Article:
- The OIG Issues an Advisory Opinion on the Use of a Preferred Hospital Network as Part of a Supplemental Medicare Policy
- October 29, 2008 | Authors: Joseph V. (Joe) Geraci; Mia C. Garcia
- Law Firms: Brown McCarroll, L.L.P. - Austin Office ; Brown McCarroll, L.L.P. - Houston Office
On October 2, 2008, the OIG released Advisory Opinion 08-13 concerning the use of a “preferred hospital” network by Medicare Supplemental Health Insurance (“Medigap”) insurers in order to obtain discounts on otherwise applicable Medicare inpatient deductibles for the insurers’ policyholders (the “Proposal”). The OIG concluded that it would not impose civil monetary penalties although the Proposal could potentially violate the Anti-kickback statute if the proper intent were present.
The entities requesting the OIG option (the “Companies”) are subsidiaries of insurance companies that provide Medigap policies throughout the country. These Companies contract with managed care organizations who, in turn, contract with hospitals throughout the country to provide up to 100% discounts to the Medigap policyholders on their Medicare inpatient deductibles, for which the Companies would otherwise be financially responsible. The discounts only apply to the Part A inpatient hospital deductibles and not to any other coinsurance or cost-sharing amounts. The hospitals provide no other benefit. If a policyholder is treated at a non-network hospital, the Companies pay the full deductible amount, per the terms of the Medigap policy. On the other hand, if a policyholder has an inpatient stay at one of the network hospitals, that individual also receives a $100 credit against as part of the Proposal on their next renewal premium. In other words, the Companies returns a portion of the savings achieved from the discounts directly to the policyholders.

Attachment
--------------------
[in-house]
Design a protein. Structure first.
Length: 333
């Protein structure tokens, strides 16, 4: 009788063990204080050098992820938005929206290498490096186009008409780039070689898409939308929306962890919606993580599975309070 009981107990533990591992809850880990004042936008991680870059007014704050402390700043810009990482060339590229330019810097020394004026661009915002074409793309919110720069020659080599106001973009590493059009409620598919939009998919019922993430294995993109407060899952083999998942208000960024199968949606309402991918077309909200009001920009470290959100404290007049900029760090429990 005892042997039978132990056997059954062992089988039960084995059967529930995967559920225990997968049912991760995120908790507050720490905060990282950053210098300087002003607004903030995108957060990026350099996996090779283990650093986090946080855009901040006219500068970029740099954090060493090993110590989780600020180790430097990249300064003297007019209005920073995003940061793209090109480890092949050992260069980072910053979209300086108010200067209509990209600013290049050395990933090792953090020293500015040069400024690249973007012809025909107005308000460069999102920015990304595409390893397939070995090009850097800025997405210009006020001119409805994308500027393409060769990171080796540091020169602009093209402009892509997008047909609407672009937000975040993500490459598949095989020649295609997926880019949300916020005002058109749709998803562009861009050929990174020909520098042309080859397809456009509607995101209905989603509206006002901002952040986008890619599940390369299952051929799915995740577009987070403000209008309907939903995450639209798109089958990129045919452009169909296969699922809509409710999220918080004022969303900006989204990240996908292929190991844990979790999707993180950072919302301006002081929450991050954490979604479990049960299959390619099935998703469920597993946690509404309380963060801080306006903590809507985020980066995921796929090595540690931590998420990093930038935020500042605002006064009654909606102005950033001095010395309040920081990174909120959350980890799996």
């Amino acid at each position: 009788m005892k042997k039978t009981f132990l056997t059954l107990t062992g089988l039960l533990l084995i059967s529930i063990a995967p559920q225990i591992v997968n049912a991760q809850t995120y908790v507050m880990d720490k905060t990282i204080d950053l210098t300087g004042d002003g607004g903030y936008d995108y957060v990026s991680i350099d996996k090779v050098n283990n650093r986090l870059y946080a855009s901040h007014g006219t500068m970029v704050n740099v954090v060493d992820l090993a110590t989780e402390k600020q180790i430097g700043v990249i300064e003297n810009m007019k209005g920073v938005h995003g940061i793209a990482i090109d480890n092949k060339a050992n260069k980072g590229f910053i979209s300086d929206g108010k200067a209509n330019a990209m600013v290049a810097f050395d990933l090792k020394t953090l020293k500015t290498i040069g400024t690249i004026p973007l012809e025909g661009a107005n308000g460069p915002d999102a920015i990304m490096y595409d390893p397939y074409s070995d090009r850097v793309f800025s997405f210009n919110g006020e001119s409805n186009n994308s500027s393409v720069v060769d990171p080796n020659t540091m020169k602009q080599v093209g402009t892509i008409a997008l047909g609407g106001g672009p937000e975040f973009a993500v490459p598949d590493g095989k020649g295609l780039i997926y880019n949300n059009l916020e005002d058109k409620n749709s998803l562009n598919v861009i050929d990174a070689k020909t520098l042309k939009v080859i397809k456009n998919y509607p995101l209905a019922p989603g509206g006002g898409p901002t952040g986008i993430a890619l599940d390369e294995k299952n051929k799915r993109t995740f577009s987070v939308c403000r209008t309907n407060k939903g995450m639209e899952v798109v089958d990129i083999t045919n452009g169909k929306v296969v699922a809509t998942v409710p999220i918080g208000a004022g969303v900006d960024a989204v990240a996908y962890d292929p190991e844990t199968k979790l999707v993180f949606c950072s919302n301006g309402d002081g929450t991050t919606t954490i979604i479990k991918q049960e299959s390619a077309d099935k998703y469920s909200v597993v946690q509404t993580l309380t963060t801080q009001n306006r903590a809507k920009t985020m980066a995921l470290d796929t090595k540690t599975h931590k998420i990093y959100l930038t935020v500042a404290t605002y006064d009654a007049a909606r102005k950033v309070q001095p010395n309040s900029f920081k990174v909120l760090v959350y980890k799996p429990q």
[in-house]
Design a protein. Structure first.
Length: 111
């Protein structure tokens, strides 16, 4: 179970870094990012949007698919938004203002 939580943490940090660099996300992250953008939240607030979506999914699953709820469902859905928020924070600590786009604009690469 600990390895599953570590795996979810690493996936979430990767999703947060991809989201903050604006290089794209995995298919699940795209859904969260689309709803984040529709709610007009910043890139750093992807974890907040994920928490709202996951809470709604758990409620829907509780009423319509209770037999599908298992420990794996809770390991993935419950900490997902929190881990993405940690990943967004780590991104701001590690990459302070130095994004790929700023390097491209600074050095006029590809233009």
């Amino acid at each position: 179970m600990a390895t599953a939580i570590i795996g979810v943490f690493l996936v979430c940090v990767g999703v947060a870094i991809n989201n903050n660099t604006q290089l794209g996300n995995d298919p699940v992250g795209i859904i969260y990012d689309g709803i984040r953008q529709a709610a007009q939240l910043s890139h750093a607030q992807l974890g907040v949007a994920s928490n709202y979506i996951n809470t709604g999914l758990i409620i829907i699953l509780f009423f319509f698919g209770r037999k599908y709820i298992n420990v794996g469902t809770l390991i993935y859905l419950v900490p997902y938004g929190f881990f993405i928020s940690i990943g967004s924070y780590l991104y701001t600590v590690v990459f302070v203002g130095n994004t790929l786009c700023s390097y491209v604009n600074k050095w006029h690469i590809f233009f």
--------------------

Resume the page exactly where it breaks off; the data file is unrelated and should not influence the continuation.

The OIG first looked at the discounts offered on inpatient deductibles by the network hospitals, and concluded that they presented a low risk of fraud and/or abuse for the following reasons: (1) the waivers would not increase or affect Medicare per service payments; (2) the discounts should not increase utilization; (3) the Arrangement would not unfairly effect competition among hospitals, given that membership in the networks would be open to any accredited, Medicare-certified hospital; and (4) professional medical judgment is unlikely to be effected because the patient’s physician would not receive remuneration, and the patient would be able to go to any hospital without additional out-of-pocket expenses.
The OIG then examined the $100 premium credit for patients who have inpatient stays in network hospitals. Citing the same reasons listed above, the OIG concluded that such a Proposal would not violate the Anti-kickback statute, but it noted that the credits did implicate the prohibition on inducements to beneficiaries. On this issue, the OIG reasoned that the statutory exception for differentials in coinsurance and deductibles as part of a benefit plan likely applied.